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Gold and Black Illustrated, Vol 28 Digital 6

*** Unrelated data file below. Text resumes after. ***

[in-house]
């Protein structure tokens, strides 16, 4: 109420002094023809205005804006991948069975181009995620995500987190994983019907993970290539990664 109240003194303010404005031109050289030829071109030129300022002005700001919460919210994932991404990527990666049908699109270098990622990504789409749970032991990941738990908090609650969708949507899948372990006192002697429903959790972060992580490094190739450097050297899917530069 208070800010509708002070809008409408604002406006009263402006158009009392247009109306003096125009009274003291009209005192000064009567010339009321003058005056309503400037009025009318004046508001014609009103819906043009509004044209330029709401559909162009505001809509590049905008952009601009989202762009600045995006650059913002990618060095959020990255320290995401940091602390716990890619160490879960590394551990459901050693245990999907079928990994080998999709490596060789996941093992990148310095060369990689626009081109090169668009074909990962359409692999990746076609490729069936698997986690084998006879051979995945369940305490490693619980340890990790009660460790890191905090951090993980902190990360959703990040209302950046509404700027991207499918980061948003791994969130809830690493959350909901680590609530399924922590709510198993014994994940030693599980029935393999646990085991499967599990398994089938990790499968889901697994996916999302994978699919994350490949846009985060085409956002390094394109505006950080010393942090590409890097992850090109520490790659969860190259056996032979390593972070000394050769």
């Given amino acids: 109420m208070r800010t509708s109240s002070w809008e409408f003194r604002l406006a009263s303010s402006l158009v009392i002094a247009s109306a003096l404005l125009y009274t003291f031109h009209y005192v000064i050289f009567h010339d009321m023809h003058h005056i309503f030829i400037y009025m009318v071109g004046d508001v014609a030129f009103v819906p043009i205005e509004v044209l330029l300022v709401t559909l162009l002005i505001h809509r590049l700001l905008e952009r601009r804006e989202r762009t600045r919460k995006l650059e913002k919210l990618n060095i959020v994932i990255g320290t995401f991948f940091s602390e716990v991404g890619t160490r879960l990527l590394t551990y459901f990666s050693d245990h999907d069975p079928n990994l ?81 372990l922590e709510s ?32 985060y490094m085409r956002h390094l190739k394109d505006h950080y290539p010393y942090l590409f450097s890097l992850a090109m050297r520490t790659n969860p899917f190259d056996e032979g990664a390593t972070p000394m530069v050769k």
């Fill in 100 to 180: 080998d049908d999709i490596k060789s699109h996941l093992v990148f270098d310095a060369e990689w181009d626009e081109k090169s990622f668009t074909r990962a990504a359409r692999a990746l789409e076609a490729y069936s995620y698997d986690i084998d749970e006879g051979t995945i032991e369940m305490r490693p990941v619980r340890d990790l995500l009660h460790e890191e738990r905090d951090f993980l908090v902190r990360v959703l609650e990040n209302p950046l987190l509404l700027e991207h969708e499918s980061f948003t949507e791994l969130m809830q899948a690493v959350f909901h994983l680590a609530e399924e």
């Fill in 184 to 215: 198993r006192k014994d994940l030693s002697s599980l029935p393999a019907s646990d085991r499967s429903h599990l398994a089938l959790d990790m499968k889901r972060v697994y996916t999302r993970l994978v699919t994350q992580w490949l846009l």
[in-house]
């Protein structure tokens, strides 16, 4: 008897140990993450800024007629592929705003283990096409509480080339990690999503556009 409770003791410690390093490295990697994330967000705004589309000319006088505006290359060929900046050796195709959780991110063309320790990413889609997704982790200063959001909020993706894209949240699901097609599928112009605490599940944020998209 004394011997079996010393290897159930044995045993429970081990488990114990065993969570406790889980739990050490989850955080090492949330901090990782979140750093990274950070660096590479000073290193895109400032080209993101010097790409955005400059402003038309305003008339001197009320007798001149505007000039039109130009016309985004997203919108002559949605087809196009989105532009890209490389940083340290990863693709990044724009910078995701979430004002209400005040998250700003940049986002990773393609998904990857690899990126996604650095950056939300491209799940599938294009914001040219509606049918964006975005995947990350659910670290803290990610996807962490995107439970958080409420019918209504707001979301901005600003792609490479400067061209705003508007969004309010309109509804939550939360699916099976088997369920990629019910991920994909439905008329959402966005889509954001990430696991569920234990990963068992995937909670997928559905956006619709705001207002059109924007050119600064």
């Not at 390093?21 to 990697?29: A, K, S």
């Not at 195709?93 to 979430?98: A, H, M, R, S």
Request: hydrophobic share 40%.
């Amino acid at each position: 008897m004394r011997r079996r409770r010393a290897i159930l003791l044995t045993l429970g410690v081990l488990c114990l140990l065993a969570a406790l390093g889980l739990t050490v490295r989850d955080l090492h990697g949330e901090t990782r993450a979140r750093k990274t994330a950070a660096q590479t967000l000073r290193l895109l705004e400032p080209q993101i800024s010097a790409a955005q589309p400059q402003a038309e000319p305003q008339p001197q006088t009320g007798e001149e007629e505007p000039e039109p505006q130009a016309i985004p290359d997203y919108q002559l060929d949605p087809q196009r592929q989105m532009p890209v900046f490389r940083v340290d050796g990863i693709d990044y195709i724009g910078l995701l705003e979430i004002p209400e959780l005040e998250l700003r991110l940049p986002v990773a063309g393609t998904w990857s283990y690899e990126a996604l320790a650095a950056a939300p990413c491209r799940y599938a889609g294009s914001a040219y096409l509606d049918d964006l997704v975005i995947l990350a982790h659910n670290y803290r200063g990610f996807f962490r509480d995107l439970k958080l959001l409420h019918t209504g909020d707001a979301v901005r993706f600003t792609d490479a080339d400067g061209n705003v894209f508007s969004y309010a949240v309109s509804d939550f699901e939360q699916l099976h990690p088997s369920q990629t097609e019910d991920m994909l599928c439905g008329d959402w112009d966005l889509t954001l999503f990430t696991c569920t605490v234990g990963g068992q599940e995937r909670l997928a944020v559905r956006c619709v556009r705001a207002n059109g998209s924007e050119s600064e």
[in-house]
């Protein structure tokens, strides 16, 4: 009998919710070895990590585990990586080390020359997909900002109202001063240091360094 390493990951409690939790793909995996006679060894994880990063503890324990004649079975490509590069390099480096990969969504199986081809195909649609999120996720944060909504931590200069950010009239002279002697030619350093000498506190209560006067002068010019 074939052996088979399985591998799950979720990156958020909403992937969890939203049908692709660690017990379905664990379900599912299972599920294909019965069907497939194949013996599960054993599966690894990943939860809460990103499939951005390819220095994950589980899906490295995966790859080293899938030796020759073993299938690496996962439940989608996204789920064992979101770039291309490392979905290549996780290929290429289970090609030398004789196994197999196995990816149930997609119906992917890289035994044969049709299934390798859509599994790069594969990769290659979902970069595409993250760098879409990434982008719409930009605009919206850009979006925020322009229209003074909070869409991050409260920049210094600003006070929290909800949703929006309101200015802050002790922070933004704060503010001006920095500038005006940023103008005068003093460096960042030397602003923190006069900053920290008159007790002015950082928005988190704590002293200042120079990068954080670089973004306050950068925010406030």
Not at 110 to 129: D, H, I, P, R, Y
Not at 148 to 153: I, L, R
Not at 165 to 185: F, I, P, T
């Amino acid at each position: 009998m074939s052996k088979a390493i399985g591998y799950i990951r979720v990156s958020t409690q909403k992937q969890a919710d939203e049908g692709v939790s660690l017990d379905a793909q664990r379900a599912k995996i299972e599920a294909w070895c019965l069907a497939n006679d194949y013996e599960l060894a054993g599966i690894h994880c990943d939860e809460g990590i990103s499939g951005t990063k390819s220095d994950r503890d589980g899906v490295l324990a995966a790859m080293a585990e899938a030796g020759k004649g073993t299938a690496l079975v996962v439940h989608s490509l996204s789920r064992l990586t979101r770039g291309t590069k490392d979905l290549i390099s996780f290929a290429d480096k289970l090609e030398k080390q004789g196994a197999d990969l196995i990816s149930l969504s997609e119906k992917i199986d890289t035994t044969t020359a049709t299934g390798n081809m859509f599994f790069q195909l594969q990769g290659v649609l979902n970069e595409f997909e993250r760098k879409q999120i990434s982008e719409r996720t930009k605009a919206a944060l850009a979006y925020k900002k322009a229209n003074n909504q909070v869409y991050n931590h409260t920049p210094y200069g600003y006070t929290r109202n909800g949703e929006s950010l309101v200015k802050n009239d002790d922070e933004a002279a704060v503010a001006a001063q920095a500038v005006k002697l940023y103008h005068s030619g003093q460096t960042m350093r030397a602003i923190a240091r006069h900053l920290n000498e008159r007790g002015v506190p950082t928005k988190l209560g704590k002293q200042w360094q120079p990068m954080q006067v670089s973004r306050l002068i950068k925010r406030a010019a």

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GOLD AND BLACK ILLUSTRATED VOLUME 28, ISSUE 6 55 plus had five punts that averaged about 49 yards, and af- terward special teams coordinator Tony Levine called it one of the "best individual performances" he'd seen in all his years of coaching. It led to more opportunities, as Levine installed punt fakes that took advantage of Schopper's legs and right arm. "The fact that I was able to be a part of so many things last year was special, for sure," said Schopper, who was also part of the Boilermakers' kickoff return hands team. Schopper's multitalented, in part, because he grew up playing multiple positions. At his small K-8 school in Brownsburg, he played nearly all the skill positions at one time or another, from safety and linebacker to wide receiver and running back, and did all the kicking and punting. Then, at Cathedral, he kept that up, but focused too on playing safety. As a sopho- New coaches, same approach? M ark Tommerdahl has roots in the Midwest. The Minnesota native — he was a Go- phers' assistant in the mid-1990s, when Tony Levine, Purdue's former special teams coordinator and tight ends coach, was a se- nior receiver — says the familiarity with Purdue helped bring him to West Lafayette. The veteran coach of 34 years joined the Boilermakers as their tight ends and spe- cial teams coach, sharing the latter duties with Kevin Wolthausen, who had been a quality control assistant last season. Tommerdahl said the "opportunity" is what brought him to Purdue after Levine retired after last season. "This is a school where I'm comfortable," said Tom- merdahl, who came to Purdue from Utah State and was at Cal before that. "It is just a home feel to me, this part of the country. That's not knocking anywhere else I've been. This just feels like home. And to be able to compete against the schools we're playing against, it's an honor. This is the classic league to compete in. It's a classic league to recruit in." For Wolthausen, his new Purdue opportunity came when the NCAA allowed programs to add a 10th assis- tant, drawing him out of his off-the-field quality control position to a hands-on role again. He's working with special teams and the defensive line. "It's good to get back to where I can actually speak and say things," Wolthau- sen said during the spring. "I've been doing this a long time, and it's good to maybe take a step back last year to see a bigger picture and kind of (re-evalu- ate) things I was doing and now be able to put that into action on the field. It's been a really fun time for me." During the spring practices, Tommerdahl and Wolthausen divvied up special teams coaching duties, an approach that likely will continue in the fall. How that translates, though, to the product is yet to be seen. Punter Joe Schopper, who took advantage of Levine's creativity last season by successfully converting four fake punts, says the approach feels similar now. "I'm sure Coach Tommerdahl will have some tricks up his sleeve," Schopper said. "He's been coaching a long time. He knows the business." — Gold and Black staff Kyle Charters Mark Tommerdahl 1241 Cumberland Ave, Suite B West Lafayette, IN 47906 Phone: 765-497-0197 A Fee-Based Investment Advisor located in the Purdue Research Park 25+ Years of Investment Management Experience Bill Banker, President Purdue University Alumnus '85 Purdue Baseball Alumnus '81-'85

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